Program gives troubled teens community service work at fire stations
The experience has been so positive for two juveniles that they are now junior firefighters
By Joe Napsha
LATROBE, Pa. — Juvenile offenders shine the trucks, spiff up the hall, assist at bingo fundraisers and even help roll up the hoses sometimes when trucks pull back into one of Latrobe's five fire stations after a call.
A juvenile probation program that gives teens community service work at the stations has benefited the youths and the all-volunteer fire company over the past five years, said city fire Chief John Brasile.
“It's worked out well for us, and it gives the kids a sense of volunteerism,” he said.
The fire company has had 20 to 30 teens do community service work at its stations, an experience so positive for two juveniles that they are now junior firefighters, Brasile said.
Westmoreland County Common Pleas Court Judge Scott Mears wants to place more juveniles with volunteer fire departments across the county to fulfill the community service requirements of their sentencing.
“My experience is that a lot of the juveniles are not terrible kids but become associated with peer groups who have negative influences on them,” said Mears, an associate juvenile court judge who sentences teens to community service. “They don't seem to have a (good) group to belong to. If we could introduce them to some firemen who generally are trying to improve our community, this might give them some positive influences and role models.”
The juvenile probation department currently oversees about 600 juveniles, according to Anthony Cremonese, the probation officer who coordinates the community service placement.
In 302 cases last year, the teen offenders were sentenced to community service and performed 7,226 hours, and 152 of those continued their sentence into 2017, Cremonese said.
At any time, the probation department oversees 150 to 175 juveniles who have outstanding community service requirements to fulfill. In addition to fire departments, they work at churches, nonprofits and the Westmoreland County Food Bank.
Mears and Cremonese set out last week to gauge the interest of the county's fire chiefs when they explained the program Friday at the Fire Chiefs Association of Westmoreland County meeting. Mears plans to explain the program again at the Westmoreland Firemen's Association meeting at 7:30 p.m. May 12 at Latrobe Fire Company No. 5.
Presenting the program to all of Westmoreland's fire departments “is going to make it a lot easier” to find placements for juvenile offenders, Cremonese said.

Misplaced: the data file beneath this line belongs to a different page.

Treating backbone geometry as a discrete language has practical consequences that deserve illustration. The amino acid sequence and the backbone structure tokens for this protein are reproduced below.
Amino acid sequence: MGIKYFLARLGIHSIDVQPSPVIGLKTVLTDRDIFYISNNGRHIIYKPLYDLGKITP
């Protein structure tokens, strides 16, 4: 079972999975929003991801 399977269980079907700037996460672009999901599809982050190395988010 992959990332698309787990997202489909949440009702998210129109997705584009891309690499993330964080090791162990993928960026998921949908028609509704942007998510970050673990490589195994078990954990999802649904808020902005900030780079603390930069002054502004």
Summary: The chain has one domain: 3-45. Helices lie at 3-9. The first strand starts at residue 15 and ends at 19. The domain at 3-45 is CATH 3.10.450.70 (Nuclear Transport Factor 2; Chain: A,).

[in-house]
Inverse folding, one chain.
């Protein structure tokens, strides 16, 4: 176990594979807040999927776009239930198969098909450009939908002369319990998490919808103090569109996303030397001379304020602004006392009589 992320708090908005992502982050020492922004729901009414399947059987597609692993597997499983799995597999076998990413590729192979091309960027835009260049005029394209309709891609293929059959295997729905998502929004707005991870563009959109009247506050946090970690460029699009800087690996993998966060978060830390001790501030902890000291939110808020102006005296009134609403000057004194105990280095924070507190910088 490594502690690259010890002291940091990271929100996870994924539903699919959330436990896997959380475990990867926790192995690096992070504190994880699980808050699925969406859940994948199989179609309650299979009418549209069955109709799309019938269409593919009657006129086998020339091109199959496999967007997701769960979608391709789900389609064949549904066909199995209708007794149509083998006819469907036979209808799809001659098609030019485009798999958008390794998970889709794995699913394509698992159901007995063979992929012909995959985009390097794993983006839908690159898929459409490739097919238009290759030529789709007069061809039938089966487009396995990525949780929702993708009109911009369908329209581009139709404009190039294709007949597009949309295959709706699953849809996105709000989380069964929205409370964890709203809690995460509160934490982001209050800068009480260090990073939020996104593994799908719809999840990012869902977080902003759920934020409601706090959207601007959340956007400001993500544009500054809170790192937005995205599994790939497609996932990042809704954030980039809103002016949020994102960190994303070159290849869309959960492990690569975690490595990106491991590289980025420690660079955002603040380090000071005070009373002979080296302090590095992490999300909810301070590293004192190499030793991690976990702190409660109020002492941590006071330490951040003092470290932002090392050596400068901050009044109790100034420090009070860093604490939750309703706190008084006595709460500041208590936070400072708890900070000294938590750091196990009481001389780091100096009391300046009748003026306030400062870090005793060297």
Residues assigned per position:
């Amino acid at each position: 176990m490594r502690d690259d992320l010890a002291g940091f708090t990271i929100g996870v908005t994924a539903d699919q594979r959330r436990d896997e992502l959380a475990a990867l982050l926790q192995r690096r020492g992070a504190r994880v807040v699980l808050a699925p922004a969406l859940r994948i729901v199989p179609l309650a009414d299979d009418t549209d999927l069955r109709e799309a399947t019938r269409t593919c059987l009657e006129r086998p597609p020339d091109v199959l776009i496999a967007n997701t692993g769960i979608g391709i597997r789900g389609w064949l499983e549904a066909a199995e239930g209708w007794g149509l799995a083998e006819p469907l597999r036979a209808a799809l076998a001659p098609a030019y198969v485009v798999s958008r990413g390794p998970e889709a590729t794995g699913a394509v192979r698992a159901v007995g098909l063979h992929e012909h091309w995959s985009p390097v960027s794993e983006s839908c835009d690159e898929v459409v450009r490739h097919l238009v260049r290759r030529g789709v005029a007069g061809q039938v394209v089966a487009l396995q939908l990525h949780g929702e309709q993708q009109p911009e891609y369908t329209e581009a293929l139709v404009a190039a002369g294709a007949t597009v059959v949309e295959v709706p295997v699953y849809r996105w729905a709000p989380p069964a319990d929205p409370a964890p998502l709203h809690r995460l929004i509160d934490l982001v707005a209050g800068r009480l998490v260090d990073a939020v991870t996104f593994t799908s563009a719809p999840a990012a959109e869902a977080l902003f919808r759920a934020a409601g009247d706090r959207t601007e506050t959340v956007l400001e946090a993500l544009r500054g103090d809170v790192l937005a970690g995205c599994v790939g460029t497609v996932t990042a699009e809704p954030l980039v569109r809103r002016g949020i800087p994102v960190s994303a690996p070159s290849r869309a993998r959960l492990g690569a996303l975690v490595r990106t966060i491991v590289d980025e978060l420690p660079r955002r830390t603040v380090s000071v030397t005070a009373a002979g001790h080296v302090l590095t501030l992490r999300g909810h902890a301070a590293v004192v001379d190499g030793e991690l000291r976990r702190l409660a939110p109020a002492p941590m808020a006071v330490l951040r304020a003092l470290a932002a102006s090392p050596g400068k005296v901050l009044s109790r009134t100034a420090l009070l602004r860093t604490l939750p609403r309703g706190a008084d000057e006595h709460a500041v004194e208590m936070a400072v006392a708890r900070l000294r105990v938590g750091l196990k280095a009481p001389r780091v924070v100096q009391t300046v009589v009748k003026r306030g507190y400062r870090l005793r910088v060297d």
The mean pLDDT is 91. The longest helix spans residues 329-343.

Mt. Pleasant fire Chief Jerry Lucia said his department has worked for several years with the juveniles assigned community service work. Some have stayed on and joined the fire department, Lucia said.
“We want them to perform meaningful community service that is not viewed as punitive. The important thing is that someone from the fire department supervises them,” said Cremonese, who also has placed juveniles with the Lower Burrell fire department.
The main stumbling block to the program has been getting state child abuse clearances under Act 34 from all firefighters who supervise the teens, he said.
Mears said he thought about the initiative recently after hearing new Greensburg fire Chief Tom Bell speak about the lack of young people joining fire departments.
“It's pretty well-documented that there is a shortage of young volunteer firemen in the area, so if we could get some of these juveniles to join some of these departments, it might be a help to the departments as well,” Mears said.
Westmoreland County Judge Michele Bononi, administrative judge of the county's juvenile court, likes the initiative.
“We're always looking for different types of community service,” Bononi said.
Mears said he wants to work with the juvenile probation department to be sure teens want to do their community service at a fire department. Ideally, those placements would be close to the teen's community, the judge said.
“We don't want to place them in a department where the student doesn't want to be,” Mears said.
Norm Mueller, deputy director of the probation department, sees the concept as a great idea that gives probation officers more options for placing juveniles where they can do community service without transportation concerns.
“With the number of fire halls in the county, everybody can walk to one of them,” Mueller said.
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